Never knowingly undersolved.

Financial Times 13,892 by Monk

Posted by PeeDee on January 4th, 2012


A good crossword with quite a wide variation in the difficulty of the clues.  Thank you Monk.

I got most of the solutions quite easily, but then took a long time to get to solve the remaining clues.  One could view this as inconsistency in setting, or one could see it as offering something for everyone.   Take your pick, I enjoyed it either way.

There were a lot of ‘first letters of’ devices, which seemd a bit repetative, ‘circa’ was repeated too.

Pelham Barton points out this is puzzle is a triple pangram (every letter of the alphabet used three times).  Very impressive!  I am normally somewhat underwhelmed by the idea of pangrams, but a triple pangram is really something else.

CLUE OF THE DAY - my favoutite was 6 down, click the ‘vote’ link to vote for your clue of the day. See the results so far here

Hold mouse over a clue number to read the clue.

1 JACKANAPES vote JAPES (jokes) around A King in CAN (prison) – definition is ‘cheeky sort’
7 QUIZ vote QU I (Qu. 1 – first question) Z (unknown, in mathematical equations) – not knowing the first question is a bad start in a quiz
9 WHAT NEXT vote W (wife) H (husband) and E (note, musical scale) inside A TEXT (passage) – definition is ‘question about future’
10 AVATAR vote two three-letter portions of AVAlsiTARb (Bratislava reversed)
11 LEGACY vote EG (for example, say) with LACY (frilly) around the edges – definition is ‘hand-me-down’
12 HOLDFAST vote D F A (three notes of the scale) inside (penned by) Gustav HOLST (composer) – definition is catch, as a noun
13 JAWS vote Double definition – ‘chat’ and the 1975 film about a rubber shark
14 FLOPPY DISK vote FLOPPY (limp) with anagram (out) of Strategic Defense Initiative and K (beginning of kick) – definition is ‘redundant hardware’
16 HIGHJACKED vote HIGH (on drugs) JACK ED (two men’s names)
18 CRUX vote C (circa, about) RUX sounds like “rucks” (ungainly piles of sweaty bodies, rugby union)
19 FU MANCH vote A inside (MUCH FUN)* – character in Sherlock Holmes novel
21 GHARRY vote G (grand) and King HARRY (King Henry V) – Indian carriage
22 BUYERS vote Sounds like ‘byres’
23 LIBERACE vote LIBERAl (party member, almost all the letters) with CE (Chuch of England) – former flamboyant and celebrated pianist
24 PAXO vote Double definition -‘Simon Mayo (BBC radio presenter) and Mayonaise (stuffing, sandwich filling)  Nickname for Jeremy Paxman, BBC presenter and Paxo, brand of sttuffing mix for chicken dishes etc. Thanks to Pelham Barton.  I would not consider ‘Paxo’ to be well known enough to count without further definition except that this completes a triple pangram (I take that on Pelhams word, I have not checked myself!), so it could hardly be anything else.
25 AUSTERLITZ vote Left in AUSTERe (severe, most of) RITZ (luxury hotel) – site of battle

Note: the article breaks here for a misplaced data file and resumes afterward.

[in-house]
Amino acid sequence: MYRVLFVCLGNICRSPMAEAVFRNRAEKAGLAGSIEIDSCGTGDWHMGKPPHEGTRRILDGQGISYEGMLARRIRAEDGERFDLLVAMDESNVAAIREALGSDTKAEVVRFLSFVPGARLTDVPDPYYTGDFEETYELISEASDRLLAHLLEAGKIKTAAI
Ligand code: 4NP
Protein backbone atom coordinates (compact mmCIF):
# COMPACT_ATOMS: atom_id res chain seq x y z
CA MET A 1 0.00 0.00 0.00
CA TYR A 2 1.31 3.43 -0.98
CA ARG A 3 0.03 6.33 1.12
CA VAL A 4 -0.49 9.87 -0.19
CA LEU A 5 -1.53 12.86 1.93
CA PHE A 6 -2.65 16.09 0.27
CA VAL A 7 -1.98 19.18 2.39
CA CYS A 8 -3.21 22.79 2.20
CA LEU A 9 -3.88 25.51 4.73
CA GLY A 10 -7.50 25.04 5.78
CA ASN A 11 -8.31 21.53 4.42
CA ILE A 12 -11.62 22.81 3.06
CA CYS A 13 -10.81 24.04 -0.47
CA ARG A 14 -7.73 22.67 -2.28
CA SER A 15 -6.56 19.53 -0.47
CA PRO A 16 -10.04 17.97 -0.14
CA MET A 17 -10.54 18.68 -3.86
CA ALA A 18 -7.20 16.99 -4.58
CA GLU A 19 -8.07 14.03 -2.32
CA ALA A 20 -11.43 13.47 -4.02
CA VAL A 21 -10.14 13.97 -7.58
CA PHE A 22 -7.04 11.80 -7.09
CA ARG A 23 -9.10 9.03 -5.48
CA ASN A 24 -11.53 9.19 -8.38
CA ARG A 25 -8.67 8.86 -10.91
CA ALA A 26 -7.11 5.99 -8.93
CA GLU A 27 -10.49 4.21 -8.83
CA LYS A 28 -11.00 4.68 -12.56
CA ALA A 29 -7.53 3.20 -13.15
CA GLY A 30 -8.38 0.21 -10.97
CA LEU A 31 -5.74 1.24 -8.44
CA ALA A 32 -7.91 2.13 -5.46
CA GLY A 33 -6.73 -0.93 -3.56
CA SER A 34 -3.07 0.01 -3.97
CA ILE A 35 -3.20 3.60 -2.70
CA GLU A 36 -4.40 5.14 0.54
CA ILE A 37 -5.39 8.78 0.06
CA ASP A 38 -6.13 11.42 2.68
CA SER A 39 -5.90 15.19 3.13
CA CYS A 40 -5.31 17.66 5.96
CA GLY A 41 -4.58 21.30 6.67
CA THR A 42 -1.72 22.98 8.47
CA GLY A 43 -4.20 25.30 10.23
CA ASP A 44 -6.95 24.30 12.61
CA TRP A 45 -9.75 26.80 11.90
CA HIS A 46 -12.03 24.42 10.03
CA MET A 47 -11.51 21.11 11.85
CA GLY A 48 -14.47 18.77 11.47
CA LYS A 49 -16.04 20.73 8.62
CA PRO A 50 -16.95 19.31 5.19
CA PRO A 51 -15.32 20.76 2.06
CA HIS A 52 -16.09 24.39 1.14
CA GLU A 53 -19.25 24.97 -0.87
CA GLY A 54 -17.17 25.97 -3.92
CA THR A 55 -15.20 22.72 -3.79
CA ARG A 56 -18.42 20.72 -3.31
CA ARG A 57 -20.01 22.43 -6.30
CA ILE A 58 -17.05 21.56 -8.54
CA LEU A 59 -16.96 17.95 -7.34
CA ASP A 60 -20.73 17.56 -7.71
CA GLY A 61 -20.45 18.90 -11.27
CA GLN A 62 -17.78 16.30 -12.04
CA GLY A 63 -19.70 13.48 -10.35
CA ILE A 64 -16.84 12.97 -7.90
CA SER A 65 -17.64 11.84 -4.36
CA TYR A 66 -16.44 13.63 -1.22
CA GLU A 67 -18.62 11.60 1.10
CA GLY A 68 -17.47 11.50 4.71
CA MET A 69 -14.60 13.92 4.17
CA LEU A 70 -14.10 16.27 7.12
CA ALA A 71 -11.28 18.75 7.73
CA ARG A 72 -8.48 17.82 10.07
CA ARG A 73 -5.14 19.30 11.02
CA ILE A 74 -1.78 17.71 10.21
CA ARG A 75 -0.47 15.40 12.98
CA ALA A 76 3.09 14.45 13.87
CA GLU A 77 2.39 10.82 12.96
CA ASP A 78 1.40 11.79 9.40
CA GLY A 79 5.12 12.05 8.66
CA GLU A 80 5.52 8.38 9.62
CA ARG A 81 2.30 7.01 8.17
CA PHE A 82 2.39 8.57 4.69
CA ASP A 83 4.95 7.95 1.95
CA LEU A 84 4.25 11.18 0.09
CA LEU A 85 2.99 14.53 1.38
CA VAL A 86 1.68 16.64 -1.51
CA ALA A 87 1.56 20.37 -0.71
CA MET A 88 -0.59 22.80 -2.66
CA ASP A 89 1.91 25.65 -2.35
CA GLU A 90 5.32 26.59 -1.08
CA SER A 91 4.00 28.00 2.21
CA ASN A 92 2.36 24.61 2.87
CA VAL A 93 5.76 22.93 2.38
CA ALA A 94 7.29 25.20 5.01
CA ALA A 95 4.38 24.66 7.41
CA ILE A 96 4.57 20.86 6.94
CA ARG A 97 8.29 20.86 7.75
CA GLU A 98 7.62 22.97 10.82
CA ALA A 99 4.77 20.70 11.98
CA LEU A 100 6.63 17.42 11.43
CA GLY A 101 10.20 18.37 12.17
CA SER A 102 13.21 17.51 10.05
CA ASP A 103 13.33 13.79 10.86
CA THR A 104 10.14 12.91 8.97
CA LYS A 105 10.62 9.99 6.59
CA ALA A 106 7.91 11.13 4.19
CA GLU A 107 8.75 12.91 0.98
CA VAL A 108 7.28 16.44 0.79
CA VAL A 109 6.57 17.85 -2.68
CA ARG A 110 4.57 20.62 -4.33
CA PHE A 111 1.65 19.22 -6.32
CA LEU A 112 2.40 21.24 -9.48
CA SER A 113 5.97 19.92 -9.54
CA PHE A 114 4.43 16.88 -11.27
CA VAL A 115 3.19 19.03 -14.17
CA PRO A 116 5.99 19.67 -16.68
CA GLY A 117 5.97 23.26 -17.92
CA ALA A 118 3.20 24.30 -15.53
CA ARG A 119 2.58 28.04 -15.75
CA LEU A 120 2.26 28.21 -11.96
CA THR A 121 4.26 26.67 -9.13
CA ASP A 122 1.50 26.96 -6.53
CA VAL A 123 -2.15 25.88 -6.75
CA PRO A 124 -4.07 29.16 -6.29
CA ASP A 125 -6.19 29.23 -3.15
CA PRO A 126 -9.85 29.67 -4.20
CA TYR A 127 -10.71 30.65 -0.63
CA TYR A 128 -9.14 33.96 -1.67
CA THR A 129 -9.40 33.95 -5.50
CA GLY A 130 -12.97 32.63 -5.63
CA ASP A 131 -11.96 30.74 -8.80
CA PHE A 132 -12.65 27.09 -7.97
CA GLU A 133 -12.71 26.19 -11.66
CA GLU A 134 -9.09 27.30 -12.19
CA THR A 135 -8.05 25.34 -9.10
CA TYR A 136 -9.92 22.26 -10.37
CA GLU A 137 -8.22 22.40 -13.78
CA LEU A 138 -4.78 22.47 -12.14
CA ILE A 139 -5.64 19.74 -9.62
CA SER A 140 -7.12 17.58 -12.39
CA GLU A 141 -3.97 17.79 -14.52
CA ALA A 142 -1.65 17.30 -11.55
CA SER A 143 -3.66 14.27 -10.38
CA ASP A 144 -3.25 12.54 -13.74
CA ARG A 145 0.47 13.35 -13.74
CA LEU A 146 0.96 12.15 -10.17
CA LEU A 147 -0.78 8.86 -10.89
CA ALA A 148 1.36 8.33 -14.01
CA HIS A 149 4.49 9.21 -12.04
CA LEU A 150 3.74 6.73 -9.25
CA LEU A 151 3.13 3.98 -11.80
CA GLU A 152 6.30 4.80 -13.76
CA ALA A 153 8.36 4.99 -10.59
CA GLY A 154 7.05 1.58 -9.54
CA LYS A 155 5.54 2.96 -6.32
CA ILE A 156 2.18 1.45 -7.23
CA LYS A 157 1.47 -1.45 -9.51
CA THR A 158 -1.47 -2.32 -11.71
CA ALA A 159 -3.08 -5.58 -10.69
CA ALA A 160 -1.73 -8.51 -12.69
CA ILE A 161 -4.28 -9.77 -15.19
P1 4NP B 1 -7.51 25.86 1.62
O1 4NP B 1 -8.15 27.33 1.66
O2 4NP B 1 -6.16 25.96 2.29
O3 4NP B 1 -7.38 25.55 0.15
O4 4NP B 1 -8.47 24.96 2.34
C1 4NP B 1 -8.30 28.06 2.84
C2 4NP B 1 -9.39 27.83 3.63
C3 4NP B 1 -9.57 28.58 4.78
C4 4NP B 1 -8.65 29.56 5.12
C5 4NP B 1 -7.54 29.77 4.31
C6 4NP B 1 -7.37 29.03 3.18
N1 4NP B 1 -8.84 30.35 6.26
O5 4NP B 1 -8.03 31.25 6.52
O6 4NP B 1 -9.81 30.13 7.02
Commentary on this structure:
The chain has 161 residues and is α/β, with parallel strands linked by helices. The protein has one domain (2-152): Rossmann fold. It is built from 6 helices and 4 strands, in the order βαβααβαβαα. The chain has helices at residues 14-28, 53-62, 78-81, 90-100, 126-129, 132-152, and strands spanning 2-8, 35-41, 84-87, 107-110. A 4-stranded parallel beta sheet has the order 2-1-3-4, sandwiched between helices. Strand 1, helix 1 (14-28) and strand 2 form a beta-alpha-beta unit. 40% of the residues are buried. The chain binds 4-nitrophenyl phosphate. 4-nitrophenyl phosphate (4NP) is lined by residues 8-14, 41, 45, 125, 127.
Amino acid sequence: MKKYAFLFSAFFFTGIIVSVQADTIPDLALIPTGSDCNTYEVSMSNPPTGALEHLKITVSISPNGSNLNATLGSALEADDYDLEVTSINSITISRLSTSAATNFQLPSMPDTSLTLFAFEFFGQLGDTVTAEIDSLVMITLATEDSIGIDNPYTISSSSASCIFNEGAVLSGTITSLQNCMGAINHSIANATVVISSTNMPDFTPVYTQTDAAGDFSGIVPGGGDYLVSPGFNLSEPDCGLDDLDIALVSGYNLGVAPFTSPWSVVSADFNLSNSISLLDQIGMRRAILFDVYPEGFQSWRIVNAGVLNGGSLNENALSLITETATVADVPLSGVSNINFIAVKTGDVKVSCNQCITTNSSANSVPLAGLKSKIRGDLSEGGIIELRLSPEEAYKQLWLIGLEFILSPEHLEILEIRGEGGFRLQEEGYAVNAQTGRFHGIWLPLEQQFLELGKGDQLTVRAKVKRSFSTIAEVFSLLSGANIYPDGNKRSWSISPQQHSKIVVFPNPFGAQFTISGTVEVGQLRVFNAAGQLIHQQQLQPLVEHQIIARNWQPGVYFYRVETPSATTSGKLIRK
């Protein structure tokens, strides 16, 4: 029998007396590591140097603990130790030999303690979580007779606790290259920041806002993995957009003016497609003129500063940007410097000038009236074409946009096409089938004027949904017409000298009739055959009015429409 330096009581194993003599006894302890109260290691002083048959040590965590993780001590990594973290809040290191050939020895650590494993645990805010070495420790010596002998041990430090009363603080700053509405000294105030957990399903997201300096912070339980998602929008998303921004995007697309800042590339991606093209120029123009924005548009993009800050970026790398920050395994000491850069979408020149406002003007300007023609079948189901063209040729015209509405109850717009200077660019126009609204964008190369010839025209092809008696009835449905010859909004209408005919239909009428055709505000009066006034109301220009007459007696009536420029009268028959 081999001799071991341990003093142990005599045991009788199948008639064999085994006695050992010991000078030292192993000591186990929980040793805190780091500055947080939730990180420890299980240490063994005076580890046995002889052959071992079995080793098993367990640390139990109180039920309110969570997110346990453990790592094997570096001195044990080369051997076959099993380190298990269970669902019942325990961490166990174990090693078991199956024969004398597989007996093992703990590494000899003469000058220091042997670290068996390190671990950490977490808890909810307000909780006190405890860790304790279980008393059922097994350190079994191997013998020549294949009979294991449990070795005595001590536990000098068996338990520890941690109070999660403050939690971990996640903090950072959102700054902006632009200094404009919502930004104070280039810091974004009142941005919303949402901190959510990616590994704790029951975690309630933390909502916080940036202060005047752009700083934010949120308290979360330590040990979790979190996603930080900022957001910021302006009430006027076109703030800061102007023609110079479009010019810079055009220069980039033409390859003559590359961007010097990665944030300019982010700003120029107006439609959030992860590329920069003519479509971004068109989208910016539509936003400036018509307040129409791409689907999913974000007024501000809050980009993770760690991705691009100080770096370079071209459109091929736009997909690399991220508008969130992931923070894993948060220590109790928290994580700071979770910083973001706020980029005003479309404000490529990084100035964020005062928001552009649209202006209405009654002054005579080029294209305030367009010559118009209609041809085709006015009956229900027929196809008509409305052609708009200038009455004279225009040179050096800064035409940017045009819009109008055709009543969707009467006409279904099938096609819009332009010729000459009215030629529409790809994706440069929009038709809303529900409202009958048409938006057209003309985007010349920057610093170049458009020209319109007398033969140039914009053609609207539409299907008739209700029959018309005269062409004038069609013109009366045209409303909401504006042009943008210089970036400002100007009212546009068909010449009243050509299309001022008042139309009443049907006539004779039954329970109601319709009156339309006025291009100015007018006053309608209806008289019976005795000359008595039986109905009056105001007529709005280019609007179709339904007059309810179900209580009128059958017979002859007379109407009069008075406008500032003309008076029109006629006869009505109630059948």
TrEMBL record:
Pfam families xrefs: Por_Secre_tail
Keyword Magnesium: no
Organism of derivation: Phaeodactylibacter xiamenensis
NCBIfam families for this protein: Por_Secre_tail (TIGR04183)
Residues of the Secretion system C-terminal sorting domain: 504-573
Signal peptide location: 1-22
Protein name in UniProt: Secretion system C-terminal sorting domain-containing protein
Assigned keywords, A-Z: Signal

2 ASHKENAZI vote ASH (remains) KeEn (odd letters of) on NAZI (persecutor of Jews) – a Rhineland Jew
4 NEEDY vote DoYEnNE* (anagram=bum) – definition is ‘poor’
5 PATCHWORK QUILTS vote PATCH (an update to a computer program, software repair) WORK (function) and faiLure (middle letter, heart of) in QUITS (even) – definition is ‘covers’
6 SCALLOPED vote SPED (rushed) around ALL (everything) in COt (bed, unfinished) – definition is ‘with ornamental borders’
7 QUAFFED vote coFFEe (some=some of the letters) in QUAD (part of a college, for example)
8 IMAMS vote heads (first lettters) of Israelis Met At Mount Sinai
14 FRANCESCA vote FRANCE (country) CA (circa, about) caontaining (imprisoning) Southern
15 SQUARE CUT vote SQUARE (boring person) with CUT (blow, punch) – well defined facial features
17 HEAVE HO vote Double definition – ‘give someone the heave-ho’ and ‘sailors call to work’
18 CHABROL vote A BRO (little brother) in Cool Hand Luke (opening letters of) – prolific French director
20 UVULA vote vUVUzeLA with three letters removed – part of the mouth
21 GABLE vote Buckle (beggining of) in GALE (strong wind) – definition is ‘part of wall’


7 Responses to “Financial Times 13,892 by Monk”

  1. Pelham Barton says:

    Thanks Monk for an excellent crossword and PeeDee for the blog.

    Working from top to bottom, I had almost completed a double pangram before entering my first B.

    Completing the triple pangram helped me with 18ac, and the expectation of it helped with 15dn.

    21ac and 18dn were new to me, but clear from the wordplay.

    10ac: “two trios from” means two blocks of three successive letters.

  2. Pelham Barton says:

    Further to 1: I had PAXO not MAYO at 24ac – otherwise you “only” get a double pangram.

  3. crypticsue says:

    Great fun. As you say a mix of easy and difficult. I am with Pelham re PAXO. Mayo isn’t a stuffing in my view.

  4. PeeDee says:

    Thanks very much Pelham. You are quite right about PAXO. I don’t have a TV, so I’m a little out of touch with TV presenters nicknames.

  5. MikeC says:

    Thanks PeeDee and Monk. As others have said, a very impressive puzzle. For once I noticed the pangram(s) coming on, all three of them, which helped me with PAXO. I hadn’t seen this spelling of hijack before but Chambers says it’s OK. Good variety of clueing, sometimes ingenious.

  6. Paul B says:

    Triple pangrams are done by good blokes, I say.

  7. Monk says:

    To PB @ 6 OK, to give credit where it’s due, you got there first! ;) That “tripe” used a bespoke grid with an average word length (hereafter, “awl”) of ~6.2 This is a flipped-on-the-leading-diagonal version of an (MMC) “odd/even” Indy grid, from 2000, with an awl of ~7.3 and lots of helpful escape routes in the overhanging squares. I wonder if the “tripe” can be done, using acceptable vocab for a 15×15, on the more restrictive (?) “odd/odd” grid, with a larger (?) awl.

    Finally, many thanks for the smashing blog, PeeDee; much appreciated.

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